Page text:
Power and Responsibility in Therapy: Integrating Feminism and Multiculturalism

By Williams, Elizabeth Nutt; Barber, Jill S. | Journal of Multicultural Counseling and Development, December 2004 | Go to article overview

Power and Responsibility in Therapy: Integrating Feminism and Multiculturalism


Williams, Elizabeth Nutt, Barber, Jill S., Journal of Multicultural Counseling and Development


The integration of feminist and multicultural approaches to psychotherapy, called for many times, has not yet materialized. This article reviews possible reasons this integration has not taken place and offers an approach to integration based on the guiding principles of power and responsibility, which builds on previous theories and approaches.

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As theories of counseling and psychotherapy continue to expand and develop, there has been a growing emphasis on the contextual aspects of an individual's life. Although many theories and approaches to therapy focus on intrapsychic concerns, more and more attention is being paid to the environmental factors important in an individual's world, problems, and coping resources. Two primary examples of this focus on external context and on individual differences can be found in theories of feminism and multiculturalism. In the 1980s, feminist theorists gained momentum in their questioning the approach of psychotherapists with regard to gender, gender socialization, and gender discrimination (Brodsky & Hare-Mustin, 1980; Rosewater & Walker, 1985). More recently, multicultural counseling theories have generated an enormous amount of attention and research, focusing our attention on a diversity of issues (e.g., sexual orientation, age, abilities) with a primary focus on racial/ethnic experiences (Ponterotto, Casas, Suzuki, & Alexander, 1995; Sue, Ivey, & Pedersen, 1996). At the turn of a century and beginning of a new millennium, the question rising to the foreground of counseling and psychotherapy theory is "Can feminism and multiculturalism be integrated?"

When we first set out to explore this question, our initial reaction was that integration made a great deal of sense given that the two approaches have many similarities. Specifically, both feminism and multiculturalism have helped counselors become more aware of the external factors impacting their clients' lives (Enns, 1997; Sue et al., 1996). For example, both feminist and multicultural approaches focus on the greater context of a person's life (e.g., social, cultural, economic, familial, political contexts) rather than purely on a person's intrapsychic conflicts and concerns. Feminist and multicultural counseling approaches also emphasize collaboration between the counselor and the client. Because both approaches acknowledge the potential impact of oppression on the therapeutic relationship, they both call for a greater level of communication and understanding between therapist and client. Finally, both feminism and multiculturalism share a commitment to the need for social change (Brown, 1994; Greene, 1994). Because both theoretical approaches acknowledge that many of the symptoms manifested in clients in fact represent greater ills in society, they also acknowledge that individual change is not enough. One should not have to adjust to a maladjusted system, and thus broader social change is called for. This is at the heart of the feminist motto "The personal is political."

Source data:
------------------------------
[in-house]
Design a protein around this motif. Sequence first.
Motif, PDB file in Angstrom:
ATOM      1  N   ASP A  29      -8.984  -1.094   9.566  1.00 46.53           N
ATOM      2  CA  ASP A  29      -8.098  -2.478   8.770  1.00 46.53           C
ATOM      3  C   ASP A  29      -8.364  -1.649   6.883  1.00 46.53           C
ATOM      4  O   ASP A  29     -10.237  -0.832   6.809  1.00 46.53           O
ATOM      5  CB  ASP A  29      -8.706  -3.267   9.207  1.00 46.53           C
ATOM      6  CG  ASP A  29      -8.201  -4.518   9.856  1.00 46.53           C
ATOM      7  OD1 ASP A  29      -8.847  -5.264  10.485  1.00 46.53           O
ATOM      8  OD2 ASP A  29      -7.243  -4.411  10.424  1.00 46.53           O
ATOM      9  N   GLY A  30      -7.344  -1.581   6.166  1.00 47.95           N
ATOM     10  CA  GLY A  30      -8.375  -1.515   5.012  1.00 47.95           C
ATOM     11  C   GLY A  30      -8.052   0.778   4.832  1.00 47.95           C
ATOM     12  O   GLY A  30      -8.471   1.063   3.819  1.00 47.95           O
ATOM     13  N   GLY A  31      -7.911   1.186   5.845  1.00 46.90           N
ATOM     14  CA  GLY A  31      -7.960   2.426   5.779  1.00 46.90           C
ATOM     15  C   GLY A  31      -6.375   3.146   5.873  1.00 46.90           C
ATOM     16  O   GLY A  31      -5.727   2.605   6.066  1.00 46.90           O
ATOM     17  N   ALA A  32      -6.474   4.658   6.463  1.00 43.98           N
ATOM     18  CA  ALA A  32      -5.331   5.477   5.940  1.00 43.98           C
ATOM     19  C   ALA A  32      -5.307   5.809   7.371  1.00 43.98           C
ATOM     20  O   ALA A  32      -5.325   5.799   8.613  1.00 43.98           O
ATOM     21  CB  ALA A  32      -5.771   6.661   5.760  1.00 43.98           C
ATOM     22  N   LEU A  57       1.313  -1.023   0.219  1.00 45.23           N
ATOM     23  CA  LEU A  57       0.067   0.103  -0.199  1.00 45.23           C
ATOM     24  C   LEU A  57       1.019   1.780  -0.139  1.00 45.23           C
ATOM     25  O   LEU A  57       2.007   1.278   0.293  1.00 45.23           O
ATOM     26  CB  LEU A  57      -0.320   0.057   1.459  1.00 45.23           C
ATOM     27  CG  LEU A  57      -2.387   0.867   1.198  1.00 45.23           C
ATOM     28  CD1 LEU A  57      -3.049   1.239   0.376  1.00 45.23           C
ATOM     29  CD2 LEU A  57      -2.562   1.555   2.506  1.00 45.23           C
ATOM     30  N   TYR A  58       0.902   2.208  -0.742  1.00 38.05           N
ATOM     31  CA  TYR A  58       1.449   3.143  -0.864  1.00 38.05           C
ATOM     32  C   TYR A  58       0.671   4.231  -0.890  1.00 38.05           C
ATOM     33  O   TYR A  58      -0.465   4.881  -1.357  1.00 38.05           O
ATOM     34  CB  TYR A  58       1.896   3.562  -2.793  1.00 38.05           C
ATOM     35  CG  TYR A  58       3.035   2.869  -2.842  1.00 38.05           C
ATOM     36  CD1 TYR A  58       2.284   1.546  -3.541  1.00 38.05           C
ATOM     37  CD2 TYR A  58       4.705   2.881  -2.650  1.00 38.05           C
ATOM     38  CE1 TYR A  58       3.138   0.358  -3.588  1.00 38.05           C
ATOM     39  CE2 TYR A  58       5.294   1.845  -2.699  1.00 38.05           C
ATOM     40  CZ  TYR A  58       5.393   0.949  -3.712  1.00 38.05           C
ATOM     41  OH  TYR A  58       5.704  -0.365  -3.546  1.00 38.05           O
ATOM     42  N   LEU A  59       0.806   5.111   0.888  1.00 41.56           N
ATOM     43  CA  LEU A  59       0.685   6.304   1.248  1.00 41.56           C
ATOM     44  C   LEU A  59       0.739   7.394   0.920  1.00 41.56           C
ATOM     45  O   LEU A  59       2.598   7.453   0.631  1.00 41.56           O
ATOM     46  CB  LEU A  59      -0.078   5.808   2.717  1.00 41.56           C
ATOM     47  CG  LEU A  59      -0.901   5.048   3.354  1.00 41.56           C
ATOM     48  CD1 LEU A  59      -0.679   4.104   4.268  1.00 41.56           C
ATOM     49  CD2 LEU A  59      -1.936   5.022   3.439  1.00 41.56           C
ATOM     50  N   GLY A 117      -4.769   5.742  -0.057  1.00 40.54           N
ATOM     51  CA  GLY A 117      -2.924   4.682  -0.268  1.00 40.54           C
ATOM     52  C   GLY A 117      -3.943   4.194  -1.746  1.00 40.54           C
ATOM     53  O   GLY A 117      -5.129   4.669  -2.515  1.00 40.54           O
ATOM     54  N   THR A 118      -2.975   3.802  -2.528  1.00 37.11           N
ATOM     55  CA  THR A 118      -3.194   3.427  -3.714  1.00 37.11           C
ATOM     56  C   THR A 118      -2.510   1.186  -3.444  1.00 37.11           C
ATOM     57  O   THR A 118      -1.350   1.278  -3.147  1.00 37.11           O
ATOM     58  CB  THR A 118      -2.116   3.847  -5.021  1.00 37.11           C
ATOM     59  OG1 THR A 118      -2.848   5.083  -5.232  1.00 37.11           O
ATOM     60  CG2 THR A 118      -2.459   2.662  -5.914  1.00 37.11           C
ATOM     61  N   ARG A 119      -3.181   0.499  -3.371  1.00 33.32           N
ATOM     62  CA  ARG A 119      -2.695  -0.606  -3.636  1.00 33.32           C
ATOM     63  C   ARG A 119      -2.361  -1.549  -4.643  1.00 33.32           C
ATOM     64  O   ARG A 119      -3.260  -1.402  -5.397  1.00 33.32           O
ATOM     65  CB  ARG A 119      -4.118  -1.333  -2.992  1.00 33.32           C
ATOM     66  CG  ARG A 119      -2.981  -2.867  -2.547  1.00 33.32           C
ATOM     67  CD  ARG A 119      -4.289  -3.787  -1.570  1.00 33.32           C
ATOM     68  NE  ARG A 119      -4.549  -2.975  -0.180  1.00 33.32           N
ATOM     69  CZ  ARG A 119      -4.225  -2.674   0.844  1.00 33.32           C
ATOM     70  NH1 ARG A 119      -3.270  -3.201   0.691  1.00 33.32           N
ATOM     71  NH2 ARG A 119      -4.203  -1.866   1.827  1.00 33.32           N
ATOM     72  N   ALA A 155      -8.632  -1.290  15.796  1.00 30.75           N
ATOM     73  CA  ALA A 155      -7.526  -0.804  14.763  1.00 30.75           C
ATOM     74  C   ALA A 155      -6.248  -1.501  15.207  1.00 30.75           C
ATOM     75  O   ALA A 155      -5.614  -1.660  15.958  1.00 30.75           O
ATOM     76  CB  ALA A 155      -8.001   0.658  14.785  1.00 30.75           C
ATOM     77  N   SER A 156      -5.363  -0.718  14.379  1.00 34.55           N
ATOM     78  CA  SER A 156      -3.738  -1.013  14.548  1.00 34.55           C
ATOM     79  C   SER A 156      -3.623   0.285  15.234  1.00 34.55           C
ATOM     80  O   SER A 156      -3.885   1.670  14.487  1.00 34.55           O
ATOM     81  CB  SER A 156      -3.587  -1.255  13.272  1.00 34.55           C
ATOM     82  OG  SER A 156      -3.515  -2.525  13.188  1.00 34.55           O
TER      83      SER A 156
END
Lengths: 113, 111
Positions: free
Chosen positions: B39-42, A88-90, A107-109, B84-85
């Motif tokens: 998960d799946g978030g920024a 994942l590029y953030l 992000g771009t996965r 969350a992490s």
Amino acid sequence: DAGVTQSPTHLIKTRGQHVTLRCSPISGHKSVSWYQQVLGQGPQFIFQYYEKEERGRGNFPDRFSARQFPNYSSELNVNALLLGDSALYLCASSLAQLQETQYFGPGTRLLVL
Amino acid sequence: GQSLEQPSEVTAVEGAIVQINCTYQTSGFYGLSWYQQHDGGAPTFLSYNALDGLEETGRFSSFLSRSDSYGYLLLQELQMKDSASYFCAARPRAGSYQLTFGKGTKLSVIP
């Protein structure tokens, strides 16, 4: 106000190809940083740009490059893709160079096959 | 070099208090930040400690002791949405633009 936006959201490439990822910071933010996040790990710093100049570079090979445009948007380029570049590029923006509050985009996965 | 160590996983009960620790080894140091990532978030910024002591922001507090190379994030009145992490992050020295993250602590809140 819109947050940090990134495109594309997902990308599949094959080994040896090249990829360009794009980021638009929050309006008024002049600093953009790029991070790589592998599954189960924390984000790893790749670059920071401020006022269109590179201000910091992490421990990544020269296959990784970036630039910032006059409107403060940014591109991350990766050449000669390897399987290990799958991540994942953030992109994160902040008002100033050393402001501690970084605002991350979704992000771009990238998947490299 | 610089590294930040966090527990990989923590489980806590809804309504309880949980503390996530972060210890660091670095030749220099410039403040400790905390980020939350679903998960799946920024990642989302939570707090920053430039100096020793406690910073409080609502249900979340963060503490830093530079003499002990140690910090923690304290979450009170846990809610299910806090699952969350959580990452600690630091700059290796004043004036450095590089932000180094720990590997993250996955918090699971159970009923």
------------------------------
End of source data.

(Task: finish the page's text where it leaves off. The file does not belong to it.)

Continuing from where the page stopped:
Because of the similarities between feminism and multiculturalism, there have been several calls for integration as well as concern that this integration has not materialized. One of the most vocal proponents for this integration has come from Brown (1994), who stated that a multicultural base should be a requirement of therapy, specifically feminist therapy. However, she also noted that "while any feminist theory should reflect all forms of human diversity, this standard has rarely been met" (Brown, 1994, p. 69), emphasizing that this ideal of integration has not truly been realized. Although her discussion of best practice feminist therapy relies heavily on the analysis of culture and group status, she also cautioned that multicultural knowledge "can too easily become an undigested lump that is never integrated into feminist therapy theory" (p. 63). She cautioned that a true integration of feminist and multicultural approaches to psychotherapy will require radical change, prompting us to continually question what is normative and to constantly promote greater awareness of self and society. …

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